. . . is that they're hard to abandon in a hurry if the modern equivalents of the Huns, Goths and Vandals come over the hill, screaming war cries and brandishing weapons. This converted Atlas missile silo is a perfect example.
Florida developer Larry Hall is creating a 15-floor complex with facilities and supplies to support between 36 and 70 people for more than five years while off the grid. Residential condos are available in full-floor and half-floor layouts, with a full floor housing six to 10 people and the half-floor housing three to five. Residents have also been promised access to a zero-edge pool with wall mural, hydroponic food-growing area, exercise facilities, classroom, library, a movie theater, surgery center and an in-house dentist/orthodontist. To monitor what’s happening on the outside, the facility also has a Remotely Piloted Vehicle, equipped with light and thermal-imaging cameras and a military grade security system with “both lethal and non-lethal defensive capabilities.”
There's more at the link.
At $1 million for half a floor, or $2 million for a whole floor to yourself, it's not exactly a cheap option. It looks even worse when you consider that every single floor is underground (the lowest level is about 140 feet deep), and has no egress to the surface except up through the silo's other levels. If someone lower down is injured, and no power is available for elevators, it's going to be hard to get them to the surface to evacuate them for treatment - assuming evacuation is a possibility, of course. (In a major emergency, it may be out of the question.)
Furthermore, in a major emergency, those looking for shelter and supplies will probably know of the existence of this facility, and come knocking at the door, demanding admittance and/or a share of what's stored inside. Refusal will invite attack. If intruders occupy the surface buildings, those in the converted silo will be trapped inside. They may be able to stop the bad guys getting further in, but they won't be able to get out. Furthermore, if the silo's long-range sensors should become inoperative (and anything mechanical will break down sooner or later), they won't even know that the intruders are coming until they're literally on top of them.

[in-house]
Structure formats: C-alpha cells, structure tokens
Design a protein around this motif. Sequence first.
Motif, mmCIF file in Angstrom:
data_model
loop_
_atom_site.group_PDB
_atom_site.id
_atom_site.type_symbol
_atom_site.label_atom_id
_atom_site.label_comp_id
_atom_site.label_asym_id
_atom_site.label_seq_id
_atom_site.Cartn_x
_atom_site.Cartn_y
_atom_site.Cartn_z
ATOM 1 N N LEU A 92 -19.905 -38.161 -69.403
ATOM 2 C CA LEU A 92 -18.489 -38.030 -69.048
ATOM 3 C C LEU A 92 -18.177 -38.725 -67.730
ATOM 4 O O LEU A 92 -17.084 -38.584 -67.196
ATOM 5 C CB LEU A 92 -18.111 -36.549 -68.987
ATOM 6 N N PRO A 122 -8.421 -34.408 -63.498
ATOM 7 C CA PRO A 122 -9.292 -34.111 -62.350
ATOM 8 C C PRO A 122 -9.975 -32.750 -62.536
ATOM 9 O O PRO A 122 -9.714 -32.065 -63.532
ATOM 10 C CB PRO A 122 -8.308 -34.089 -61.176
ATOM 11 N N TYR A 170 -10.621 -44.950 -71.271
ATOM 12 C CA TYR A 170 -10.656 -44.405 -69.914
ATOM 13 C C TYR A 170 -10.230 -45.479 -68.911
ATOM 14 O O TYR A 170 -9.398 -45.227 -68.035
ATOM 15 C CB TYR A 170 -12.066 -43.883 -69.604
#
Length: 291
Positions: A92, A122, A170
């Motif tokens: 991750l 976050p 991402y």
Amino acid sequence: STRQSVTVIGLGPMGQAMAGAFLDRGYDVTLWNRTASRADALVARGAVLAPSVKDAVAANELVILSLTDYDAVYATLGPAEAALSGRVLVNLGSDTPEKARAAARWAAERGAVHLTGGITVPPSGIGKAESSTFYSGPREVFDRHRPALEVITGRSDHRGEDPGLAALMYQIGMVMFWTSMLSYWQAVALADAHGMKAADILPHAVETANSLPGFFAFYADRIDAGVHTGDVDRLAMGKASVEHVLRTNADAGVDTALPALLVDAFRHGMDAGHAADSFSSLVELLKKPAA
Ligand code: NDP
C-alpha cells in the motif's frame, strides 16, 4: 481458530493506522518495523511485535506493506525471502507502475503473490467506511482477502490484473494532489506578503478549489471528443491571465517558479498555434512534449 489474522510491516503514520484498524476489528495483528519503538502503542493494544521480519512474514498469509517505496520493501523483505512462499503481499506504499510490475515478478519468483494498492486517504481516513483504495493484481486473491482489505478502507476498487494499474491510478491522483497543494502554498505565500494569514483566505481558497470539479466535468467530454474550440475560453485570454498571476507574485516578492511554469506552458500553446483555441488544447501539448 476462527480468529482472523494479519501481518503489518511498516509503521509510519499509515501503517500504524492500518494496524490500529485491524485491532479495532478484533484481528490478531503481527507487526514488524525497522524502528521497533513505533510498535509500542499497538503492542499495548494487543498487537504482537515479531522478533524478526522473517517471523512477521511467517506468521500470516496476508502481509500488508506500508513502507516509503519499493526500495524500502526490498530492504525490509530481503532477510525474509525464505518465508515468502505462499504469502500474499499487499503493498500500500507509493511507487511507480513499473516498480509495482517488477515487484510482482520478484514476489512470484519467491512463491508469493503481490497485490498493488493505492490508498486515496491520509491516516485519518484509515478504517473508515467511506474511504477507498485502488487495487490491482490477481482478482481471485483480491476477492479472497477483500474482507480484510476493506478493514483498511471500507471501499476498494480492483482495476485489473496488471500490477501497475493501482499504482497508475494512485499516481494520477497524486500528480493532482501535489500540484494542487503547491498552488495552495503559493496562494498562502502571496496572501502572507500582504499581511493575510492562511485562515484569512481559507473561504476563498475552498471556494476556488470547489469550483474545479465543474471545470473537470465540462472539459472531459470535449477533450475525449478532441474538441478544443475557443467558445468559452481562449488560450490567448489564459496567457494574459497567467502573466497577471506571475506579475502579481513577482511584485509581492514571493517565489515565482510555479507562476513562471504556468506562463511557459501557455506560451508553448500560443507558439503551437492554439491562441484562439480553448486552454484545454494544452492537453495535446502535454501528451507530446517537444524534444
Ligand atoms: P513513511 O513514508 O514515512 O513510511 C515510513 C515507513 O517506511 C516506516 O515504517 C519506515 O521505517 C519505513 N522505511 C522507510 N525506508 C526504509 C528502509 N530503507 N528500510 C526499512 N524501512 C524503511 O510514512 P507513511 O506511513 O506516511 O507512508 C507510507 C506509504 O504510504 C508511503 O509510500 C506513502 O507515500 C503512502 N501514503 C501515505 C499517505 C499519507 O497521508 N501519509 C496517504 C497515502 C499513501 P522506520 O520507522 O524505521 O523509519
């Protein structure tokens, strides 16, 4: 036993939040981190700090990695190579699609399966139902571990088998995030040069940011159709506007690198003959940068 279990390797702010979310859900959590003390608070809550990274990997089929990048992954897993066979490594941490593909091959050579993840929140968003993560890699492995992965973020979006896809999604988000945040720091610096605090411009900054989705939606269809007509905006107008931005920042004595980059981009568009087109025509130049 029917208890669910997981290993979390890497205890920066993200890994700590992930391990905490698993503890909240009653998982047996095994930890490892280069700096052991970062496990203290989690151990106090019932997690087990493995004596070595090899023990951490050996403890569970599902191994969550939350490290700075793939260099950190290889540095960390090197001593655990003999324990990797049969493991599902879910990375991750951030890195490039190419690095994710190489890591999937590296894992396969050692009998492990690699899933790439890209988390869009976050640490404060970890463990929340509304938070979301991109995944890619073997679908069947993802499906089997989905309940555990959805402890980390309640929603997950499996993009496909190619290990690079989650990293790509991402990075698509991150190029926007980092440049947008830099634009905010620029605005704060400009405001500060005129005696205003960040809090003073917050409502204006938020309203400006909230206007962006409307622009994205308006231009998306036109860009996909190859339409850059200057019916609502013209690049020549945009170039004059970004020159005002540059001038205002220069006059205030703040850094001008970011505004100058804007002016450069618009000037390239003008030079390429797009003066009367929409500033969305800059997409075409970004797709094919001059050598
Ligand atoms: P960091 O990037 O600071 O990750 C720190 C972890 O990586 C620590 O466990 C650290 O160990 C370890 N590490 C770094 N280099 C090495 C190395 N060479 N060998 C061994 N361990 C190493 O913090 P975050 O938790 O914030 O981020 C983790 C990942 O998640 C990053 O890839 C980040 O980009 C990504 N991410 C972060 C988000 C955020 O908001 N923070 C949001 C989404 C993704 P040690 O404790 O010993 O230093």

In a real disaster situation, where law enforcement assistance isn't available, intruders would have many options. If they have enough supplies for a while, they can sit on top and starve out the defenders. If they need the supplies inside, and are desperate enough to be willing to take casualties to get them, they can fight their way down the interior levels (particularly if they have the means to breach doors and walls, such as dynamite, angle-grinders, etc.). If they take hostages in the first couple of levels, that will help them 'persuade' those in lower levels to give up without a fight. If the silo's supplies weren't essential to them, and there was a handy river or dam nearby (and at a higher level), it might not be a major problem to divert the water into the silo and drown everyone inside. A few sticks of dynamite and/or a backhoe might be all that's needed.
I've written before about why bugging out is not always a good idea or a worthwhile option. This concept suffers from all those concerns, and adds more. The silo may be weatherproof, bombproof (except against a direct hit from a bunker-buster or a very near miss from a nuke), radiation-proof, etc.: but it's not proof against even moderately organized human attackers. This would not be my first choice for a safe and secure (not to mention cost-effective) bug-out location . . .